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For several decades, automation has been used to increase efficiency in business. Now, with over 2 million robotic employees worldwide, we’re automating our personal and working lives more than ever.
The subject of robots in the workplace is a divisive one; people are split on whether robots are beneficial, or a clear sign that modern technology having gone too far. In fact, some experts believe that robots will eliminate 800 million jobs by 2030. These kind of statistics are worrying to many individuals and to businesses that operative in sectors such as manufacturing.
What are the benefits of robots in the workplace? And are there real disadvantages of robots in the workplace? Will robots take over the world eventually? Find out below.
The following are arguments for the pros of automation in the workplace.
Safety – Safety is a key argument in favour of utilising robots to perform manual tasks such as operating machinery, and utilising hardware. Robots can take on hazardous tasks such as these with much lower risk that humans.
Speed – Unlike humans, robots don’t need a lunch hour, breaks, nor do they require holiday time off. Robots can work at all times, and therefore speed up production for companies. The speed at which robots can work is a clear benefit of automation replacing jobs.
Productivity – Generally speaking, robots can contribute to a more productive workforce. Robots can perform some tasks (usually the more arduous or physical ones) but many tasks will still need to be done by a human. This creates the argument that robots create a more productive workforce overall.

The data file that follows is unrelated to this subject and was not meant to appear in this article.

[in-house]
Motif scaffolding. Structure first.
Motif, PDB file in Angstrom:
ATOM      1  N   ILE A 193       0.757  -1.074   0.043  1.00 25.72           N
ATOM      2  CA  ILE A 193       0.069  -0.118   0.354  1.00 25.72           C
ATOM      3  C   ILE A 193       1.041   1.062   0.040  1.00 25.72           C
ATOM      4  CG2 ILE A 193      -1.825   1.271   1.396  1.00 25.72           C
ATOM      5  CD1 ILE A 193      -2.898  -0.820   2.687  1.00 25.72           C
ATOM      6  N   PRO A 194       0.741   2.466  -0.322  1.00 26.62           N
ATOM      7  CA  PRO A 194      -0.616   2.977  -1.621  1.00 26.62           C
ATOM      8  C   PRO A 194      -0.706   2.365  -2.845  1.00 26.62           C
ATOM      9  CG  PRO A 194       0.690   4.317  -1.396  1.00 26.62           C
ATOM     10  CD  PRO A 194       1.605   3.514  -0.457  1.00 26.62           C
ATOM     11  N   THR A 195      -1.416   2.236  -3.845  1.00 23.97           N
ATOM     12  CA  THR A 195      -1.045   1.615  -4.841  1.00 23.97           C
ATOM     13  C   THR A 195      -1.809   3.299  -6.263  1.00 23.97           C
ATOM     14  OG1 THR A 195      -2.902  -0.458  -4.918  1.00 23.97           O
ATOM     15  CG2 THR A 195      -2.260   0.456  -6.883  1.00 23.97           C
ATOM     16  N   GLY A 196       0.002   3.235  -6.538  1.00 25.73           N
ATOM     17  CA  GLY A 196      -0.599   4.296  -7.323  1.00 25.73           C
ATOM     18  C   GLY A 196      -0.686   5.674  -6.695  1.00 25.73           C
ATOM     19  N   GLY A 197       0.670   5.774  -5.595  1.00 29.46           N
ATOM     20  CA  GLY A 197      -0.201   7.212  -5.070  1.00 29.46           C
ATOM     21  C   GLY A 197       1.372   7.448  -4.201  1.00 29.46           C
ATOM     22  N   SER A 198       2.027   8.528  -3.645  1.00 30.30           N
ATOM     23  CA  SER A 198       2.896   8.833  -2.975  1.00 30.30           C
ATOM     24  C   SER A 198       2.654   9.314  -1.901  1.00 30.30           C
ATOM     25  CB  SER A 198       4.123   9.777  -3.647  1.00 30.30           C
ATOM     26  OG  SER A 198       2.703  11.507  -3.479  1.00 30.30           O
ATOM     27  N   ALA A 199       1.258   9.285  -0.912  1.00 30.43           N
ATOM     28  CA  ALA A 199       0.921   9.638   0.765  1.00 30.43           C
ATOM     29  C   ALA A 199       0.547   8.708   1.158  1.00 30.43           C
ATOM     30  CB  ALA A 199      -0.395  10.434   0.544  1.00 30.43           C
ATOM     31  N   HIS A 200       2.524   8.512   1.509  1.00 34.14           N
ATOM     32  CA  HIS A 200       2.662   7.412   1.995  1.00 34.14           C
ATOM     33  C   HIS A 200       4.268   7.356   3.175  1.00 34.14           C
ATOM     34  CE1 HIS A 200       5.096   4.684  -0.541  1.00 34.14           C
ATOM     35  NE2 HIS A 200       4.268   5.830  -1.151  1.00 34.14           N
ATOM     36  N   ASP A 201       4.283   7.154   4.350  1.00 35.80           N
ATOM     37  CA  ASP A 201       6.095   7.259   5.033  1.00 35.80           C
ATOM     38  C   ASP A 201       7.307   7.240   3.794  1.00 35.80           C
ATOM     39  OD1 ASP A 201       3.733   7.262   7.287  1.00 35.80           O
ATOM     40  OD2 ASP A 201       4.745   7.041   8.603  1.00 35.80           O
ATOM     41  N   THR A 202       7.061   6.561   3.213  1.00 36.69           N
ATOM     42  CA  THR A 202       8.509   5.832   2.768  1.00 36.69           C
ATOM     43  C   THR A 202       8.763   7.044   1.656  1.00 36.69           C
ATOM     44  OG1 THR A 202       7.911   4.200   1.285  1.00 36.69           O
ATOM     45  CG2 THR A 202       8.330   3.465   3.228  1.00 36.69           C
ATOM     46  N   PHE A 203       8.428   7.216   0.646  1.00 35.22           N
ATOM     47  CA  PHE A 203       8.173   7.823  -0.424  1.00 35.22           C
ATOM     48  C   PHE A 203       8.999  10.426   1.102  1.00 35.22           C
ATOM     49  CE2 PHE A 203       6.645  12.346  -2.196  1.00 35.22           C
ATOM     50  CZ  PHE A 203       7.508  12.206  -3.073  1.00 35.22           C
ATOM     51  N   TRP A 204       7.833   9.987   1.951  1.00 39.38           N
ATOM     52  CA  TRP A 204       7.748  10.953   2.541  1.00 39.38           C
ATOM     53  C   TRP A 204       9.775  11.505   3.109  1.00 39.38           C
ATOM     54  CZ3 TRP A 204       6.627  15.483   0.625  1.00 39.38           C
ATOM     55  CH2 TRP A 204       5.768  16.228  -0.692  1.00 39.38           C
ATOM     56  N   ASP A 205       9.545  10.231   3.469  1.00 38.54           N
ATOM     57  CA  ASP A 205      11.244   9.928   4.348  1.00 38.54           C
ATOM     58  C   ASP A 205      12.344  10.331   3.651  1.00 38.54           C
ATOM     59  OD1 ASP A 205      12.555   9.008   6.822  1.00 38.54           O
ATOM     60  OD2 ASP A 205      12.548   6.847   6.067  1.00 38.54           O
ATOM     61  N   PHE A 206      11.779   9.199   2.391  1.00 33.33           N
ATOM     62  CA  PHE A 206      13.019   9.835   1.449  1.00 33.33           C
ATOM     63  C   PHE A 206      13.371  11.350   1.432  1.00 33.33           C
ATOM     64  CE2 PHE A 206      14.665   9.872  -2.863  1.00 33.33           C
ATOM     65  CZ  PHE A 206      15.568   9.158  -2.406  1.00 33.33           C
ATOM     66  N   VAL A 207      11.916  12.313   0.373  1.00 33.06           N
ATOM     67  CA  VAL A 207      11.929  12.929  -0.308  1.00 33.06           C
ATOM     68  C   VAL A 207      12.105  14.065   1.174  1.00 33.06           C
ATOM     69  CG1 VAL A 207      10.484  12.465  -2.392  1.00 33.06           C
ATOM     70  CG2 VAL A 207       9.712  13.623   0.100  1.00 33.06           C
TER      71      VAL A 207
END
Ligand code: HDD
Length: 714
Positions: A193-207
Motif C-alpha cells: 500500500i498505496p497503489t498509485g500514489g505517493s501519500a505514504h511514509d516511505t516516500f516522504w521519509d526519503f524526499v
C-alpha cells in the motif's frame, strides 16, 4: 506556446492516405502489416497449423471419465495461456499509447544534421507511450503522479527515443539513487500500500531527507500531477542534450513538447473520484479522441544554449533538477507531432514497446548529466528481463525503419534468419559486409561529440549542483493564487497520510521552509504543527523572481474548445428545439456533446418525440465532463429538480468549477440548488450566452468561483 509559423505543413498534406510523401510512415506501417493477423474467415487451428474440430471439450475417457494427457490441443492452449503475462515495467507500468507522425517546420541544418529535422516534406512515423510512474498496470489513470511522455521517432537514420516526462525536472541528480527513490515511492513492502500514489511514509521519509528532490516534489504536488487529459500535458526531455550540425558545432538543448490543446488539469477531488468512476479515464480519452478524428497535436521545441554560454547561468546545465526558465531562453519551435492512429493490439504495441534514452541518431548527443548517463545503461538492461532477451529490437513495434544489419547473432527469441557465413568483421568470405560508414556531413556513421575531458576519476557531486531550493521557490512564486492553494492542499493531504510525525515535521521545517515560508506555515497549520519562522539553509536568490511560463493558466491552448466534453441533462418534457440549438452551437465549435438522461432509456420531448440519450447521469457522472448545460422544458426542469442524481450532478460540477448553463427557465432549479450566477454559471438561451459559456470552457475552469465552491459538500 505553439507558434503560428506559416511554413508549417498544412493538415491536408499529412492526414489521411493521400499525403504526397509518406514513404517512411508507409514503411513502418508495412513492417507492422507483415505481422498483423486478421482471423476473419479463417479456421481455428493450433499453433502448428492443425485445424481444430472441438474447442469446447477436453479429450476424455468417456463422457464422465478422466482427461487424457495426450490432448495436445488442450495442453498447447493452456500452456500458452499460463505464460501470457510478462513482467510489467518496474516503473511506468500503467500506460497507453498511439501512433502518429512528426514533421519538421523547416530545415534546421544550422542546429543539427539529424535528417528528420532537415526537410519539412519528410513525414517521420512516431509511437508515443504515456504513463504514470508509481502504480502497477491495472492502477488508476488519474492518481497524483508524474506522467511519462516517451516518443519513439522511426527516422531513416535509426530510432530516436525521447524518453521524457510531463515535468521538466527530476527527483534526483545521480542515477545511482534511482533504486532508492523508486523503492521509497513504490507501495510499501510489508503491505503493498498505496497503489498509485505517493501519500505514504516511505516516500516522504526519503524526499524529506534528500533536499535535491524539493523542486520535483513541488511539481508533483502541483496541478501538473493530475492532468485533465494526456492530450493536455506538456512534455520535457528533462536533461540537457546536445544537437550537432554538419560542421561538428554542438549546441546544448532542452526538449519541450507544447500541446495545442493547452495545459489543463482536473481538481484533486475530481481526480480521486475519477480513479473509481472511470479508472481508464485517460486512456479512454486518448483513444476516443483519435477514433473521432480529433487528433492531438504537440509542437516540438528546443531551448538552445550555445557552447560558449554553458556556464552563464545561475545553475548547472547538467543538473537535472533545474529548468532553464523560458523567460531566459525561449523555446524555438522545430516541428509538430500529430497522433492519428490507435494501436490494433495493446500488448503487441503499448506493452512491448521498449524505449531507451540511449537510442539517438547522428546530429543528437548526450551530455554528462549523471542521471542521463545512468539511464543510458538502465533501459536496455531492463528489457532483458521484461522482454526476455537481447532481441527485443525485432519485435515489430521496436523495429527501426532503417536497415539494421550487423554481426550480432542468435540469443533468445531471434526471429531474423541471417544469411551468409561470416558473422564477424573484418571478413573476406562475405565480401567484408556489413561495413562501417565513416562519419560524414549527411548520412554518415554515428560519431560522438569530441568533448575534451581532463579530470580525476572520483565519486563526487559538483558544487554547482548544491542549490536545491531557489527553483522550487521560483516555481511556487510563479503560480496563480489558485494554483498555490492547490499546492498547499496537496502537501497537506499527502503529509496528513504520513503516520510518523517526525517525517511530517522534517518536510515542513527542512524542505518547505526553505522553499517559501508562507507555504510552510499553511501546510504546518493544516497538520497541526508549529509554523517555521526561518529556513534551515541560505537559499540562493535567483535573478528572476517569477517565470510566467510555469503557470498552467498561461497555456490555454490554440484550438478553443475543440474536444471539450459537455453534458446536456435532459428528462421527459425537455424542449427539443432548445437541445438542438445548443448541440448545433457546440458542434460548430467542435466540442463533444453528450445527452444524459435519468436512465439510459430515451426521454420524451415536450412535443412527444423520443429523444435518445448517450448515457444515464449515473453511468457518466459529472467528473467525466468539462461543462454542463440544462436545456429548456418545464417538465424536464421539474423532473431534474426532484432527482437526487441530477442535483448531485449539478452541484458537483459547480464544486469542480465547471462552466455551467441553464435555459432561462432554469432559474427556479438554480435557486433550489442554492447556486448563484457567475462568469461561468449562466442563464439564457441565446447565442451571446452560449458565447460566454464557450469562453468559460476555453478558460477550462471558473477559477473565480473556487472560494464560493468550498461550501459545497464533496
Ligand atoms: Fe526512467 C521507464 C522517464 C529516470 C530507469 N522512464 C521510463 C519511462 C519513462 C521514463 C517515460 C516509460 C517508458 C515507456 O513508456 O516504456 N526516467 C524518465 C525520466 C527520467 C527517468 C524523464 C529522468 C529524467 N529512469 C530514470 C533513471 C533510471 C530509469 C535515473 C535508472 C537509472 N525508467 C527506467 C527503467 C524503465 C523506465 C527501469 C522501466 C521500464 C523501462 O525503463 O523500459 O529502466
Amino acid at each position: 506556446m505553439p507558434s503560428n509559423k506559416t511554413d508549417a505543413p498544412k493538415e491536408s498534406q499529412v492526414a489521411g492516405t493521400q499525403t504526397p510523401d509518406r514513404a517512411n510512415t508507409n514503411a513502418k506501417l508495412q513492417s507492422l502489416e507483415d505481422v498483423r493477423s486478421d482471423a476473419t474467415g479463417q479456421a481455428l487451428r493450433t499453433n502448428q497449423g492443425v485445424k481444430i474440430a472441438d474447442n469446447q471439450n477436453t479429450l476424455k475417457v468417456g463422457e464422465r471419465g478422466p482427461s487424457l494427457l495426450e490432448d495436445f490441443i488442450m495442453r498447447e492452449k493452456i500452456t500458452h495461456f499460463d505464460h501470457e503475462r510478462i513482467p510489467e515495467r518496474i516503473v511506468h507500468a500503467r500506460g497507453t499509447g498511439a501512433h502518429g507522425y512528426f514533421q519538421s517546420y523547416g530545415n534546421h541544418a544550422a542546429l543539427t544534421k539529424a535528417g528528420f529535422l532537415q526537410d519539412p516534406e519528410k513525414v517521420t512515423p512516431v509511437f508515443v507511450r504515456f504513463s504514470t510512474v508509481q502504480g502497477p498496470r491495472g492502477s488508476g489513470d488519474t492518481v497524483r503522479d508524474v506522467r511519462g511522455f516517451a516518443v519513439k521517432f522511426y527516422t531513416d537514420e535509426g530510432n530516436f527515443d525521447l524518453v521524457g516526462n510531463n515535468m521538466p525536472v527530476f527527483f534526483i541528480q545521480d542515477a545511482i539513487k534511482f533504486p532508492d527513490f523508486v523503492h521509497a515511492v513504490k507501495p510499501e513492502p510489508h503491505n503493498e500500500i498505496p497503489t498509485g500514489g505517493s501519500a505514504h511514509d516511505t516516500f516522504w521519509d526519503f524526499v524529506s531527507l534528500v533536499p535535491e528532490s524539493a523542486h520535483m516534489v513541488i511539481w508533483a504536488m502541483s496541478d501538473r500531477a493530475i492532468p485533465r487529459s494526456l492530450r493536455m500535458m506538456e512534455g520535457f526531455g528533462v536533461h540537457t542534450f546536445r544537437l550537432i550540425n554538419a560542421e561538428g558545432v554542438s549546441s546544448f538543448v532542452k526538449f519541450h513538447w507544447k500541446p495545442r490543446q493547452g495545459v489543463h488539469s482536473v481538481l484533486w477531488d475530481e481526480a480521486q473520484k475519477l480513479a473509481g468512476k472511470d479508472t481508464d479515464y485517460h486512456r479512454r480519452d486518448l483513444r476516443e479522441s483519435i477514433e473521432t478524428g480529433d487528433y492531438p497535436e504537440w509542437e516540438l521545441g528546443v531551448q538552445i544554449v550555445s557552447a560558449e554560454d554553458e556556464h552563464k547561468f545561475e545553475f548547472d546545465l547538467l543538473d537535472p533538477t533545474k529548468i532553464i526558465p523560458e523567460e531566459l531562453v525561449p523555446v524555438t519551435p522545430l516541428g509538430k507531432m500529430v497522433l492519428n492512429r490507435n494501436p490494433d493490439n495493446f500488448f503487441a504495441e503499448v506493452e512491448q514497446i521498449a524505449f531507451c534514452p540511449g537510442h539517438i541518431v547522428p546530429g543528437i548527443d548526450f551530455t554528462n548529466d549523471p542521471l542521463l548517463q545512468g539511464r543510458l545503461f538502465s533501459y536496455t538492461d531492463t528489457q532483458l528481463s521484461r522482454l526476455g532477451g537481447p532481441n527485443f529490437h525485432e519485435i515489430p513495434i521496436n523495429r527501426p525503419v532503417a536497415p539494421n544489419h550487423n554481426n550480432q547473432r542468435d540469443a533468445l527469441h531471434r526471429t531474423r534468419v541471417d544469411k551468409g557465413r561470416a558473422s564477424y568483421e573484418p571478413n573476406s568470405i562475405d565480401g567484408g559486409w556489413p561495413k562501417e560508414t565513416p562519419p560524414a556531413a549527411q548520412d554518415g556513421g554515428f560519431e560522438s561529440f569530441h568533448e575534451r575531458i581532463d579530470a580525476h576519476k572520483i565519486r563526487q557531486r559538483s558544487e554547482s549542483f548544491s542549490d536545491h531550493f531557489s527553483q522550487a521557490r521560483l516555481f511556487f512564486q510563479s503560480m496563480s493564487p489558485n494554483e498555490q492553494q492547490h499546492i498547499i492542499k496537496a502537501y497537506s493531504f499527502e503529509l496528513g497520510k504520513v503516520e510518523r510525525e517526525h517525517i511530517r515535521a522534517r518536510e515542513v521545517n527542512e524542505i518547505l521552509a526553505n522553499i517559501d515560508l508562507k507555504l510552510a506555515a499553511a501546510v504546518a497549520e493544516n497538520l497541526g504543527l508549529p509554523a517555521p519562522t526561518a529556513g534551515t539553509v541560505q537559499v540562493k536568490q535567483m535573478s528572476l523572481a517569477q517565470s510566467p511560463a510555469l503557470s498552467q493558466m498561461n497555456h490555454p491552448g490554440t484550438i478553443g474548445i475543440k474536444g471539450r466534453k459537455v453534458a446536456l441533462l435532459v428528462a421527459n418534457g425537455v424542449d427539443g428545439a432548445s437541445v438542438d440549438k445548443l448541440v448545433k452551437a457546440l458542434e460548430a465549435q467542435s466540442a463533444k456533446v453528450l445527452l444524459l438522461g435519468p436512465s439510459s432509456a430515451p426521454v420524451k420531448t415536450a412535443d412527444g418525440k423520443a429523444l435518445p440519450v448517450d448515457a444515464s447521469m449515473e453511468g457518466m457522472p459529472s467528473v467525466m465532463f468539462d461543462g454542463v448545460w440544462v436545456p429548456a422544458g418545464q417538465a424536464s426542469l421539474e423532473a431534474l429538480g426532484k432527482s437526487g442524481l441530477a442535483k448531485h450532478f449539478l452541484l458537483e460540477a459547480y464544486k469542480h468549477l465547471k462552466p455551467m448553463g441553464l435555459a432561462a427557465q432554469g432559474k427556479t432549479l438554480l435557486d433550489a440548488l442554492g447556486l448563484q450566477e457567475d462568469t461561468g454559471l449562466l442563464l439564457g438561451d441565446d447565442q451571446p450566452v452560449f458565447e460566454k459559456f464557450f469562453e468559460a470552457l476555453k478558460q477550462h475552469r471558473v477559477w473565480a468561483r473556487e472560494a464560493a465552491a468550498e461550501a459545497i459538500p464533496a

Quality – Because a robot is programmed to perform a specific task, the quality of what is produced will usually be higher than if it was done by a human. They act as production and quality control, eliminating possibility of human error.
Job satisfaction – If you’re removing manual, arduous and dangerous tasks, chances are that employees will be happier – and will be focusing on more engaging, stimulating work that will aid their professional development. This will help employees feel a greater sense of job satisfaction and increased loyalty to the company they work for; so is a clear benefit of having robots replace human jobs.
And what about the cons of automation? Many people would argue that technology has gone too far in employing robots in the workplace.
Investment costs – Initial costs involved in employing lots of robots can be enormous. They are expensive to purchase, train and and set up; and equally, if an organisation relies on too many robots, the costs can be huge.
Less intelligent – Robots are programmed to perform a certain task; but they don’t have the same level of intelligence as humans. They can’t develop their skill set, consider new ways of doing things or learn new software, outside of their pre-defined programming. This means that for many jobs, they can’t perform in the same way as a human.
Lack of emotion – Robots don’t have emotions or a conscience, meaning that they are not-well suited to many workplaces and specific roles. Any role that requires any level of human interaction or facing challenges could not be replaced by robots.
Unemployment – One of the key arguments against robots in the workplace is that it may result in a spike in unemployment. With automation replacing jobs, there is a chance that many jobs will become redundant, especially those which require manual labour (and currently employ millions of people worldwide).
Malfunctioning – If robots malfunction, the cost of replacing them, and fixing any issues must also be considered. Unlike humans, who remember information, if a robot malfunctions it will need to be completely reprogrammed. This might be a disadvantage of letting robots replace human jobs.
In this infographic for graduates, we look at the likelihood of different jobs being replaced by robots and automation.